Title

. Trauma and Posttraumatic Stress Disorder among Homeless Young Adults: The Importance of Victimization Experiences in Childhood and Once Homeless.

Publication Date

5-24-2017

Document Type

Article

Organizational Units

Graduate School of Social Work

Keywords

Homeless young adults, Trauma, PTSD, Childhood abuse, Victimization

Abstract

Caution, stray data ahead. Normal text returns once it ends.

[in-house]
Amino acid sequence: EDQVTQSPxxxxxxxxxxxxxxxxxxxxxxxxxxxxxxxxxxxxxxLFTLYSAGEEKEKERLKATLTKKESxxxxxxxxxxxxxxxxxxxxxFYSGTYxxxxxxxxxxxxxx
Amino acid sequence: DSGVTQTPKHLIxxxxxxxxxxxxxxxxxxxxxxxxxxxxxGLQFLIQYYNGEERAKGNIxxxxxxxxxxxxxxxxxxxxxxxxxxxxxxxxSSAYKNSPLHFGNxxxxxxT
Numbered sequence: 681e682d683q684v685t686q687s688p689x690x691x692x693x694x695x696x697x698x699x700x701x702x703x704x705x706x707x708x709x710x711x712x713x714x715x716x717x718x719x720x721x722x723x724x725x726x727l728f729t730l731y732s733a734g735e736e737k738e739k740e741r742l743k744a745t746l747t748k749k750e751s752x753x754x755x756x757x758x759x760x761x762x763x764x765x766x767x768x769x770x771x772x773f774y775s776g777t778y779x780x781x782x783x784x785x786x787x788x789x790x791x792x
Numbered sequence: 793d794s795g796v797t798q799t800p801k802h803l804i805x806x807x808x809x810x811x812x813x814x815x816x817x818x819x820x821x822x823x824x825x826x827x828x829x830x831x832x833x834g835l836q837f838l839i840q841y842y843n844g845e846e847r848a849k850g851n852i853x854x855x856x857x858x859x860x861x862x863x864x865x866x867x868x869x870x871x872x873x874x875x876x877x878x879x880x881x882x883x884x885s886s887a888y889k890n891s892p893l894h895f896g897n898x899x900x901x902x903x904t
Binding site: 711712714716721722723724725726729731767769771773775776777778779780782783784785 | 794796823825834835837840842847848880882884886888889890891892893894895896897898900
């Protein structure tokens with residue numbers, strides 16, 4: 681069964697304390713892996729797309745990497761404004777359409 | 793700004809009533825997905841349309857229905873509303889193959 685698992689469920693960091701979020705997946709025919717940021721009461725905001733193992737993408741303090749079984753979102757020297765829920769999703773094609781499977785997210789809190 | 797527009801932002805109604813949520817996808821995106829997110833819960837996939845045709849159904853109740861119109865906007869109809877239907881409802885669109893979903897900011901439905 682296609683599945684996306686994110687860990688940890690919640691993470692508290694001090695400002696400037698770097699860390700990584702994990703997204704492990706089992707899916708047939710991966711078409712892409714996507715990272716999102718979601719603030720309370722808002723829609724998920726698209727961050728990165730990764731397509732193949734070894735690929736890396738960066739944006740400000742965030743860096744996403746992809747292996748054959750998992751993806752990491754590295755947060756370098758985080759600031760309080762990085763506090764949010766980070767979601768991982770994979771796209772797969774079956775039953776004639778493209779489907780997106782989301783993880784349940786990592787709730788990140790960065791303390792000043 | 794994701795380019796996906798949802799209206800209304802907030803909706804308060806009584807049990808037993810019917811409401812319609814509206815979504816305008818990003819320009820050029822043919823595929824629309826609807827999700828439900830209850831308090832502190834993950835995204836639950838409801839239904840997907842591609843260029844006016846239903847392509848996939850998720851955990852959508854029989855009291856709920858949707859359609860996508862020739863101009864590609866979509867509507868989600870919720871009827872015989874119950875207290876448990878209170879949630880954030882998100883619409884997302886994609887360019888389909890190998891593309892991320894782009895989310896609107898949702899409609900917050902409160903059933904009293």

Homelessness itself is traumatic, and more than half of homeless young adults have also experienced abuse as children and/or victimization while homeless. These experiences increase the likelihood of developing trauma-related symptoms and posttraumatic stress disorder (PTSD). Few studies have, however, examined correlates of trauma and PTSD to identify targets for prevention and intervention. We used multinomial logistic regression to assess whether child abuse, victimization once homeless, features of homelessness (duration and transience), and personal resilience (self-efficacy and social connectedness) were associated with trauma and PTSD among 600 homeless young adults. Compared with those who had not experienced trauma, those who had were more likely to have been physically and/or sexually abused in childhood and physically victimized once homeless. Compared with those who had not experienced trauma, those who had experienced trauma and met criteria for PTSD were more likely to have been physically and/or sexually abused in childhood and physically and/or sexually victimized once homeless, and to have lower self-efficacy and social connectedness. Attention should be paid to these correlates of trauma and PTSD in developing and refining trauma-informed prevention and intervention approaches.

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